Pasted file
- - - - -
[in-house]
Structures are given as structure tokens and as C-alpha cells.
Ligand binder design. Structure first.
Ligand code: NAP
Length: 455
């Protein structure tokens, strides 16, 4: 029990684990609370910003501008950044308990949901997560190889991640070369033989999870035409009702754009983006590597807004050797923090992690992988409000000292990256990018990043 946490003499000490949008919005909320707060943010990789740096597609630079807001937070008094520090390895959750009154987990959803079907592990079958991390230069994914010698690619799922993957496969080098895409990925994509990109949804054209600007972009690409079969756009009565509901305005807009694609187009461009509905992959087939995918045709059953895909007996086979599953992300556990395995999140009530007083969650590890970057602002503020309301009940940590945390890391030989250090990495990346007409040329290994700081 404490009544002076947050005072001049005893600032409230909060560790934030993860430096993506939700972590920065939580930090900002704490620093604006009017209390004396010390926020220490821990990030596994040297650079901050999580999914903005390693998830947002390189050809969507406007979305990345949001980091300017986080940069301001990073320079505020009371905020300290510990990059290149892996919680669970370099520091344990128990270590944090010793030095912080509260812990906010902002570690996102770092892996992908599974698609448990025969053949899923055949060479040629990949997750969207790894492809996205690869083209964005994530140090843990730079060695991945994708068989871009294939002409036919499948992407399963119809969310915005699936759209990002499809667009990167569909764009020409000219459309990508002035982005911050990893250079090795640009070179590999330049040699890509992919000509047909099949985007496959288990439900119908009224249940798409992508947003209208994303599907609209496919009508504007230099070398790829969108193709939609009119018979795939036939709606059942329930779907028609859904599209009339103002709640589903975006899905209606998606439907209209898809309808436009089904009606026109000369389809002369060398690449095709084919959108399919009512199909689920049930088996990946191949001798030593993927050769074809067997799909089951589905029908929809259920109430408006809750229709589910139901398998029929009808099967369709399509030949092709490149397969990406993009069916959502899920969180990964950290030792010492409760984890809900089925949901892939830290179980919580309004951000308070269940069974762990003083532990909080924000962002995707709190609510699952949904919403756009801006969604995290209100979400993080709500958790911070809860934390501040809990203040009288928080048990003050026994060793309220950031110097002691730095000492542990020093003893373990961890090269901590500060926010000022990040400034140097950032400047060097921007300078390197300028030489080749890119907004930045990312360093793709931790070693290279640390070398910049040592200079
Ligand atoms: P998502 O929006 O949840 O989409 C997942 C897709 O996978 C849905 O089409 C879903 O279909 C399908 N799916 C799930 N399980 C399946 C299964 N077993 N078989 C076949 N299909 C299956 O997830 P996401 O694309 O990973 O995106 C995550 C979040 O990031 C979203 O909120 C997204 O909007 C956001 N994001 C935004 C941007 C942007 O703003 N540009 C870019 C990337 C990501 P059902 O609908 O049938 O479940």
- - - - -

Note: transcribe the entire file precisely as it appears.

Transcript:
[in-house]
Structures are given as structure tokens and as C-alpha cells.
Ligand binder design. Structure first.
Ligand code: NAP
Length: 455
């Protein structure tokens, strides 16, 4: 029990684990609370910003501008950044308990949901997560190889991640070369033989999870035409009702754009983006590597807004050797923090992690992988409000000292990256990018990043 946490003499000490949008919005909320707060943010990789740096597609630079807001937070008094520090390895959750009154987990959803079907592990079958991390230069994914010698690619799922993957496969080098895409990925994509990109949804054209600007972009690409079969756009009565509901305005807009694609187009461009509905992959087939995918045709059953895909007996086979599953992300556990395995999140009530007083969650590890970057602002503020309301009940940590945390890391030989250090990495990346007409040329290994700081 404490009544002076947050005072001049005893600032409230909060560790934030993860430096993506939700972590920065939580930090900002704490620093604006009017209390004396010390926020220490821990990030596994040297650079901050999580999914903005390693998830947002390189050809969507406007979305990345949001980091300017986080940069301001990073320079505020009371905020300290510990990059290149892996919680669970370099520091344990128990270590944090010793030095912080509260812990906010902002570690996102770092892996992908599974698609448990025969053949899923055949060479040629990949997750969207790894492809996205690869083209964005994530140090843990730079060695991945994708068989871009294939002409036919499948992407399963119809969310915005699936759209990002499809667009990167569909764009020409000219459309990508002035982005911050990893250079090795640009070179590999330049040699890509992919000509047909099949985007496959288990439900119908009224249940798409992508947003209208994303599907609209496919009508504007230099070398790829969108193709939609009119018979795939036939709606059942329930779907028609859904599209009339103002709640589903975006899905209606998606439907209209898809309808436009089904009606026109000369389809002369060398690449095709084919959108399919009512199909689920049930088996990946191949001798030593993927050769074809067997799909089951589905029908929809259920109430408006809750229709589910139901398998029929009808099967369709399509030949092709490149397969990406993009069916959502899920969180990964950290030792010492409760984890809900089925949901892939830290179980919580309004951000308070269940069974762990003083532990909080924000962002995707709190609510699952949904919403756009801006969604995290209100979400993080709500958790911070809860934390501040809990203040009288928080048990003050026994060793309220950031110097002691730095000492542990020093003893373990961890090269901590500060926010000022990040400034140097950032400047060097921007300078390197300028030489080749890119907004930045990312360093793709931790070693290279640390070398910049040592200079
Ligand atoms: P998502 O929006 O949840 O989409 C997942 C897709 O996978 C849905 O089409 C879903 O279909 C399908 N799916 C799930 N399980 C399946 C299964 N077993 N078989 C076949 N299909 C299956 O997830 P996401 O694309 O990973 O995106 C995550 C979040 O990031 C979203 O909120 C997204 O909007 C956001 N994001 C935004 C941007 C942007 O703003 N540009 C870019 C990337 C990501 P059902 O609908 O049938 O479940």